General Assembly

General Assembly: 28th plenary meeting, 77th session…

General Assembly: 28th plenary meeting, 77th session

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- Necessity of ending the economic, commercial and financial embargo imposed by the United States of America against Cuba - Item 36
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The General Assembly today adopted its annual resolution calling for an end to the United States-led embargo on Cuba, with speakers emphasizing how urgent it is to end the restrictive economic policies in light of crippling COVID‑19 challenges and the mounting global food, fuel, and inflation crises.

The action came on the second day of the Assembly’s debate on the matter, which began on 02 November.  (For more information, see Press Release GA/12464.)

By a recorded vote of 185 in favour to 2 against (Israel, United States), with 2 abstentions (Brazil, Ukraine), the Assembly adopted the resolution titled “Necessity of ending the economic, commercial and financial embargo imposed by the United States of America against Cuba” (document A/77/L.5).

Through the terms of the text, the Assembly reiterated its call on all States to refrain from promulgating and applying laws and measures of the kind referred to in the text’s preamble, in conformity with their obligations under the United Nations Charter and international law.  It also urged States that have and continue to apply such laws and measures to take the steps necessary to repeal or invalidate them as soon as possible in accordance with their legal regimes.

Cuba’s Minister for Foreign Affairs, Bruno Eduardo Rodríguez Parrilla, who introduced the text, said that more than 80 per cent of the country’s current population was born under the blockade.  Since 2019, the United States Government has escalated the embargo.  Its cumulative economic damage has amounted to $154.22 billion at current prices.

During the pandemic, the blockade was further tightened, causing more delays in the delivery of necessary medical equipment.  But despite limited resources, Cuba cooperated with other countries, sending medical brigades to provide aid.  Equally unceasing, he said, is the fraudulent inclusion of Cuba in the United States Department of State’s unilateral list of countries that allegedly sponsor terrorism.  This forces Cuba to pay twice the usual price for commodities on the international market.  Cuba has rejected all forms of terrorism.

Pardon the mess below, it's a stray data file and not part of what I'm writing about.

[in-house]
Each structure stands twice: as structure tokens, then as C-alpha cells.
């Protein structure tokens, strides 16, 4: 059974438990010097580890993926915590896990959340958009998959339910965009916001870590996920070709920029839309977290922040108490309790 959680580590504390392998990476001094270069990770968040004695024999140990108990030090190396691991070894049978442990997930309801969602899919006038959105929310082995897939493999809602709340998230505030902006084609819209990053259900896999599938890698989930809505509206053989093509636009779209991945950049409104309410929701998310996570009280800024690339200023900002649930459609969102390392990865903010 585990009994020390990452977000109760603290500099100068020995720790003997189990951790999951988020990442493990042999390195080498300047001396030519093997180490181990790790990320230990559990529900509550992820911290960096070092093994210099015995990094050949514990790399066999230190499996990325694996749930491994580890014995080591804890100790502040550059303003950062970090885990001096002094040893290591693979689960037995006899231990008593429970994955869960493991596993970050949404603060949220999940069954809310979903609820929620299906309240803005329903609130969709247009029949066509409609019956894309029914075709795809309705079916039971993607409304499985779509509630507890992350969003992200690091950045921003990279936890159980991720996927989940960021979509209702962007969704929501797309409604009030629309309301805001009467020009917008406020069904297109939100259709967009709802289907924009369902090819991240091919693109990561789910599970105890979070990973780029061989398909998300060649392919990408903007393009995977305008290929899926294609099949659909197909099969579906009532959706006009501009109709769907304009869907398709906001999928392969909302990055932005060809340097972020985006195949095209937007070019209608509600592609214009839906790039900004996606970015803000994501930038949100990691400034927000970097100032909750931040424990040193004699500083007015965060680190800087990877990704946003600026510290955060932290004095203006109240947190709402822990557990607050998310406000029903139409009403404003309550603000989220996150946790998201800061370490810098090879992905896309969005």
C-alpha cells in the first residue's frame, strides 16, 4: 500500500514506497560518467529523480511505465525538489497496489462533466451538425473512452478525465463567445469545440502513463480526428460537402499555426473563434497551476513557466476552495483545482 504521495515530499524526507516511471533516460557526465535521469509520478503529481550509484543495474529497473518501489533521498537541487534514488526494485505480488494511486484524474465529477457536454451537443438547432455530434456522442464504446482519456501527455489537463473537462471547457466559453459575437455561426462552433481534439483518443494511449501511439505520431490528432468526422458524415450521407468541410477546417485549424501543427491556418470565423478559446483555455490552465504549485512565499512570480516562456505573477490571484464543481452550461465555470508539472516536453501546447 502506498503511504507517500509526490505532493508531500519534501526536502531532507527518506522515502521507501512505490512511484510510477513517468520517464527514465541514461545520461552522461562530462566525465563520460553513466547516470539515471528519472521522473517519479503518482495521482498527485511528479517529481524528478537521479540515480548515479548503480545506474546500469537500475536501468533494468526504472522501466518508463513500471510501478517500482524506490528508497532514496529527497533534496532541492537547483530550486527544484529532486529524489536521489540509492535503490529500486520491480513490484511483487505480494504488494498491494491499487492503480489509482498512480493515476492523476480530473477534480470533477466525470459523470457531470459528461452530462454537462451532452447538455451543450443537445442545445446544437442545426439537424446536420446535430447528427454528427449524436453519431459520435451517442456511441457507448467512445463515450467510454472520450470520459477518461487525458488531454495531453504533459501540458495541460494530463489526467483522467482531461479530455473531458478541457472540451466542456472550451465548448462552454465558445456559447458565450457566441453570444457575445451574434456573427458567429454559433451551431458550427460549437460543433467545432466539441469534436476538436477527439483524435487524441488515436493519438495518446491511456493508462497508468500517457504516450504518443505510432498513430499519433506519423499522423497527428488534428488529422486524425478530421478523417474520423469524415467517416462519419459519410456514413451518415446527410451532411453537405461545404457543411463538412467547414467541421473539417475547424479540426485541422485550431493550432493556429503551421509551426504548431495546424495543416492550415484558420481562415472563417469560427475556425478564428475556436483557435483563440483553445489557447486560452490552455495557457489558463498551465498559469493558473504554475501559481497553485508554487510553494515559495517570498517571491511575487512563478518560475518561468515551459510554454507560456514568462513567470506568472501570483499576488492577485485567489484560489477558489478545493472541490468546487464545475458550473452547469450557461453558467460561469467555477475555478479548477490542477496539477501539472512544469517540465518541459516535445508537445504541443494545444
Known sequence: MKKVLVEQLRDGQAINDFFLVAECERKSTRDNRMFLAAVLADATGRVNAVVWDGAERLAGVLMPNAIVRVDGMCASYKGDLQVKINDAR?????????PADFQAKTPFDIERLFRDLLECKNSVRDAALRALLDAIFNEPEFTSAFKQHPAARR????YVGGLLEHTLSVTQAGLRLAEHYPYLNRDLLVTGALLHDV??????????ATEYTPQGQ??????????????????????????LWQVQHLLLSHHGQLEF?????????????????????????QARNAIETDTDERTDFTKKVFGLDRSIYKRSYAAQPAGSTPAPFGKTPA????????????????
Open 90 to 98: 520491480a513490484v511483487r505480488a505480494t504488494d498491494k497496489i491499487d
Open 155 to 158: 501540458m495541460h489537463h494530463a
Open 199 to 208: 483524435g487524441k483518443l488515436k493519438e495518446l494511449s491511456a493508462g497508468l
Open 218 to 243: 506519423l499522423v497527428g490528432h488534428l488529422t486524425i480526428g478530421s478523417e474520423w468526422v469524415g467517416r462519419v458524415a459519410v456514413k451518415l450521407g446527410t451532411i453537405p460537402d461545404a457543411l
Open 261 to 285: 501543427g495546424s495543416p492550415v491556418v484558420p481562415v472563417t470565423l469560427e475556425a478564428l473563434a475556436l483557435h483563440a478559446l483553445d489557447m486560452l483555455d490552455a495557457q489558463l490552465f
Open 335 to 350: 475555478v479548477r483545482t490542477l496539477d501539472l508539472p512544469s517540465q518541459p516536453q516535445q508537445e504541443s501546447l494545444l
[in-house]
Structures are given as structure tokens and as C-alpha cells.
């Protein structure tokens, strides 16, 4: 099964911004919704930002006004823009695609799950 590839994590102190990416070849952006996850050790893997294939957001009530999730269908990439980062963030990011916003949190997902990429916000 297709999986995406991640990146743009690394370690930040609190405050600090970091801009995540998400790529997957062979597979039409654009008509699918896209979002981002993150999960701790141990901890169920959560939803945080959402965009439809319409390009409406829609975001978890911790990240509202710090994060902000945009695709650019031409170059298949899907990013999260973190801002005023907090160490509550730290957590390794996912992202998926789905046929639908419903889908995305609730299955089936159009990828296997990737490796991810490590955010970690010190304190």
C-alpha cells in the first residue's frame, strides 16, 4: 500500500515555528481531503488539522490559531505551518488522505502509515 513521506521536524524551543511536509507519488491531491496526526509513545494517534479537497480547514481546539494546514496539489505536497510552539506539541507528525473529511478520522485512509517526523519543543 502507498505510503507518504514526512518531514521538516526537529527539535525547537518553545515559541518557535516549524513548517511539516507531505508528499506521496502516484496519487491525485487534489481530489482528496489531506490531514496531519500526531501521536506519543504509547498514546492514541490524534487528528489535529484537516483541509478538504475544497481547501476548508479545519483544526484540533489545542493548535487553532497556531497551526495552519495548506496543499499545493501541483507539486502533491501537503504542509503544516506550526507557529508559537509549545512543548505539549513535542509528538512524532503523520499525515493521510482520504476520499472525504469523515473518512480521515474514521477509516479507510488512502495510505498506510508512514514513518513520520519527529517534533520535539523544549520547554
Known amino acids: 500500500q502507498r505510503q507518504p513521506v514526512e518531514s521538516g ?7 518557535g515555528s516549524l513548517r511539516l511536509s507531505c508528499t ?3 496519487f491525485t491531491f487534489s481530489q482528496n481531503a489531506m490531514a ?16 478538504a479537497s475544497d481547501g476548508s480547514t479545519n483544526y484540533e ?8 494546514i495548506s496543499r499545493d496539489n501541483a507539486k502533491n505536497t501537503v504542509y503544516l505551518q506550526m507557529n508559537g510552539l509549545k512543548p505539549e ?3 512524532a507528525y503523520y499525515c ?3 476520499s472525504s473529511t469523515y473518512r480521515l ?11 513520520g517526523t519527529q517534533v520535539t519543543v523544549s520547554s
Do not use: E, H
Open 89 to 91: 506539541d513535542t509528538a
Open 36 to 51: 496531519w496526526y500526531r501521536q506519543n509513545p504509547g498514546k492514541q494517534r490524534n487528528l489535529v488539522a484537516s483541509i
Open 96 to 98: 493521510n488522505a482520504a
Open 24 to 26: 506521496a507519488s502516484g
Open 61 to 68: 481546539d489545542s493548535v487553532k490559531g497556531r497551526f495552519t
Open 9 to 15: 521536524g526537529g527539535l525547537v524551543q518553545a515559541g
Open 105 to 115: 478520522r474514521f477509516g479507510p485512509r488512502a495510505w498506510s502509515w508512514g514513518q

The current United States Administration does not have a Cuba policy, he said.  Rather, it continues to exert the “maximum pressure” policy developed under the Donald Trump Administration.  Over the last few months, it has taken positive steps to alleviate certain restrictions, but the blockade continues to be the central element defining Cuba-United States policy.

During the two-day discussion, Member States condemned the economic embargo against Cuba, calling it cruel, inhumane and punitive.  They urged the United States to begin a dialogue with Cuba based on the equality of States and respect for sovereignty and independence.

Representatives of several developing States also thanked Cuba for providing them with much-needed medical aid, nurses and vaccines at the height of the pandemic.  Nicaragua’s delegate said that Cuba, thanks to its revolutionary spirit and socialist conviction, has been able to stand alongside the developed countries that sanction it by producing vaccines and helping “our developing peoples”.

Speakers for several Caribbean countries pointed out also that the United States blockade has had widespread implications and consequences and was stifling not only Cuba’s growth but that of the entire region.  Several delegates questioned how the world could commit to implementing the 2030 Agenda for Sustainable Development while locking out one country from fairly participating in its own socioeconomic development. 

No nation should be punished and exploited by another, Gabon’s representative said.  Cuba is peaceful and cooperative and deserves the continued support of the international community in calling for an end to the embargo.

Member States also questioned how they could overwhelmingly call for an end to the embargo year after year for decades without any results.  “Every year, we speak about the devastating impact of the embargo on the people of Cuba, but we see no effort to remove the restrictions,” Zimbabwe’s delegate said.

The speaker for the United States said that his country opposes the resolution but stands with the Cuban people.  The embargo includes exemptions relating to exports of food, medicine and other humanitarian goods to Cuba.  The people and organizations of the United States donate a significant amount of humanitarian goods to the Cuban people, and the United States is one of Cuba's principal trading partners.  He urged the Cuban Government to release political prisoners immediately and protect the freedom of expression and right to peaceful assembly of all Cuban people.

Also speaking today were representatives of Saint Kitts and Nevis, Grenada, South Africa, Lao People’s Democratic Republic, Malaysia, Peru, Ethiopia, Congo, Angola, Jamaica, Panama, Algeria, Belize, Fiji, Timor-Leste, Solomon Islands, Sri Lanka, Nauru, Indonesia and the Czech Republic (on behalf of the European Union).  The representative of Cuba also spoke in exercise of the right of reply.

The General Assembly will reconvene at 11:30 a.m. on Friday, 4 November, to elect a member to the International Court of Justice.

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